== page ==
Trousers have varied historically in whether or not they have a fly. Originally, hose did not cover the area between the legs. This was instead covered by a doublet or by a codpiece. When breeches were worn, during the Regency period for example, they were fall-fronted (or broad fall). Later, after trousers (pantaloons) were invented, the fly-front (split fall) emerged.[13] The panelled front returned as a sporting option, such as in riding breeches, but is now hardly ever used, a fly being by far the most common fastening. Most flies now use a zipper/zip, though enthusiasts continue to wear button-fly pants, an example of which are Levi's 501 jeans.[citation needed]


Males customarily wear trousers and not skirts or dresses. There are exceptions, however, such as the ceremonial Scottish kilt and Greek foustanella, as well as robes or robe-like clothing like the cassocks of clergy and the academic robes, both rarely worn today in daily use. (See also Men's skirts.)

Convertible Ventilated Trousers shown with one leg cover removed

Based on Deuteronomy 22:5 in the Bible ("The woman shall not wear that which pertaineth unto a man"), some groups, such as Mennonites, Amish, Hutterites, some Baptists, a few churches of Christ, and a few others believe that women should not wear trousers, but only skirts and dresses. These groups do permit women to wear underpants as long as they are hidden.

Among certain groups, low-rise, baggy trousers exposing underwear became fashionable; for example, among skaters and in 1990s hip hop fashion. This fashion is called sagging.

Cut-offs are homemade shorts made by cutting the legs off trousers, usually after holes have been worn in fabric around the knees. This extends the useful life of the trousers. The remaining leg fabric may be hemmed or left to fray after being cut.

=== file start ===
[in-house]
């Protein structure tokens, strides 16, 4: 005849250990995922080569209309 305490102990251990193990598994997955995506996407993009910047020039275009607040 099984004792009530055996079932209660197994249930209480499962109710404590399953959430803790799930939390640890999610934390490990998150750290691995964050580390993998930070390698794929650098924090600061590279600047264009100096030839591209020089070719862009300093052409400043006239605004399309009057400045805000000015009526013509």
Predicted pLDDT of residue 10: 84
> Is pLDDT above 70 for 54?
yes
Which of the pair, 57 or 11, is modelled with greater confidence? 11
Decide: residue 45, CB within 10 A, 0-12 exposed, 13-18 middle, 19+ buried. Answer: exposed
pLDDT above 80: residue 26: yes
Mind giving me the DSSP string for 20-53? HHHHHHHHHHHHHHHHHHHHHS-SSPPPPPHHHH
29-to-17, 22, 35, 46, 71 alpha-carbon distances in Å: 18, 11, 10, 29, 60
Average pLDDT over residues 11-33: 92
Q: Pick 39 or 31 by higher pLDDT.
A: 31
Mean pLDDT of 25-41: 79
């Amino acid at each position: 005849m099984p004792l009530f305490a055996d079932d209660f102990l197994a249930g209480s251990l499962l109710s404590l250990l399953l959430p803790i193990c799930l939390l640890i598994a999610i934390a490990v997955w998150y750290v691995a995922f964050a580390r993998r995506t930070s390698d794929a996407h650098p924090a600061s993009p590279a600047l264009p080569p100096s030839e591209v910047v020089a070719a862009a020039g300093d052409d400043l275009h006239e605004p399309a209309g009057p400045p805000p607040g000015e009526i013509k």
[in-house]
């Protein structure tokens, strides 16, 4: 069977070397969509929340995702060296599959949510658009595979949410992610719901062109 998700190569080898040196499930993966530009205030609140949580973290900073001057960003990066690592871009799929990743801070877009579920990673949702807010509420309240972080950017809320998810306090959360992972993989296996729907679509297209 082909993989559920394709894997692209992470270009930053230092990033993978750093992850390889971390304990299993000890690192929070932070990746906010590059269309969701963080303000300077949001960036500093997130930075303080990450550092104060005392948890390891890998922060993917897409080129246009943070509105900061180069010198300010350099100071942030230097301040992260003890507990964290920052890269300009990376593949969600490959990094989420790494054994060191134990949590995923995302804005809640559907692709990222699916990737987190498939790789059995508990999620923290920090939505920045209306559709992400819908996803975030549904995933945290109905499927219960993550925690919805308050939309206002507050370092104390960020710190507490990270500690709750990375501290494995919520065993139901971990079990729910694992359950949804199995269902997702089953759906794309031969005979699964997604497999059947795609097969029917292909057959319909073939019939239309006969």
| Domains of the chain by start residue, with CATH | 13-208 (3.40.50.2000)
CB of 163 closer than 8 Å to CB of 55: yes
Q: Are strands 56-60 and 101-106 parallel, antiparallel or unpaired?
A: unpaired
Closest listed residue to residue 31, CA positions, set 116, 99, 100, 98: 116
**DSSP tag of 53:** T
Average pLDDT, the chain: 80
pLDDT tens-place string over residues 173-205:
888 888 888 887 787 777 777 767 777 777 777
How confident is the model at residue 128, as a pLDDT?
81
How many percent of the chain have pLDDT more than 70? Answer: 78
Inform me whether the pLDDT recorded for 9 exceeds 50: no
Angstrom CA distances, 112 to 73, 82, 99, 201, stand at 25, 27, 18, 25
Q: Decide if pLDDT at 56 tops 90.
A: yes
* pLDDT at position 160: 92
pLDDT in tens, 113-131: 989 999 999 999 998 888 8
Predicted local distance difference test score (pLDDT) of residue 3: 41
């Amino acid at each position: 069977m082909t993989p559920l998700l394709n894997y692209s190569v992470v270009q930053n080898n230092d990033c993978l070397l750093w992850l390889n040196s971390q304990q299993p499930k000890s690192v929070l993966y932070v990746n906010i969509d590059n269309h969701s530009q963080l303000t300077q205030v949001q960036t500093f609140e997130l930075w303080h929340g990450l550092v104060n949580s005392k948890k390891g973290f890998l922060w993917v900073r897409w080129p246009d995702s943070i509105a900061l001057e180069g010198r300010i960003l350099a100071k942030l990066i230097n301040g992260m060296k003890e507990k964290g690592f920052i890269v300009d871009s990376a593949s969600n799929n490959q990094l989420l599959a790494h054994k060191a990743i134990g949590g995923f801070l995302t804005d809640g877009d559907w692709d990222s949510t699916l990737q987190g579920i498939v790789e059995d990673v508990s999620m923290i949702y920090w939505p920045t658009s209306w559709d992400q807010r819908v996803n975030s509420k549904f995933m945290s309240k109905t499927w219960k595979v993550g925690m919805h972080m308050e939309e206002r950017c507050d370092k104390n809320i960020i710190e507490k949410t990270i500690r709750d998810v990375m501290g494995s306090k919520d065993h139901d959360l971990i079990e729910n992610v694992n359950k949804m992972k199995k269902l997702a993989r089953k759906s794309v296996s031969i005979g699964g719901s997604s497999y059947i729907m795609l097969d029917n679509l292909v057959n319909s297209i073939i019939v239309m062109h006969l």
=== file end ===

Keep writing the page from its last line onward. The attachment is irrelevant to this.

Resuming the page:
In May 2004 in Louisiana, state legislator Derrick Shepherd proposed a bill that would make it a crime to appear in public wearing trousers below the waist and thereby exposing one's skin or "intimate clothing".[14] The Louisiana bill was retracted after negative public reaction.

In February 2005, Virginia legislators tried to pass a similar law that would have made punishable by a $50 fine: "any person who, while in a public place, intentionally wears and displays his below-waist undergarments, intended to cover a person's intimate parts, in a lewd or indecent manner". (It is not clear whether, with the same coverage by the trousers, exposing underwear was considered worse than exposing bare skin, or whether the latter was already covered by another law.) The law passed in the Virginia House of Delegates. However, various criticisms to it arose. For example, newspaper columnists and radio talk show hosts consistently said that since most people that would be penalized under the law would be young African-American men, the law would thus be a form of discrimination against them. Virginia's state senators voted against passing the law.[15][16]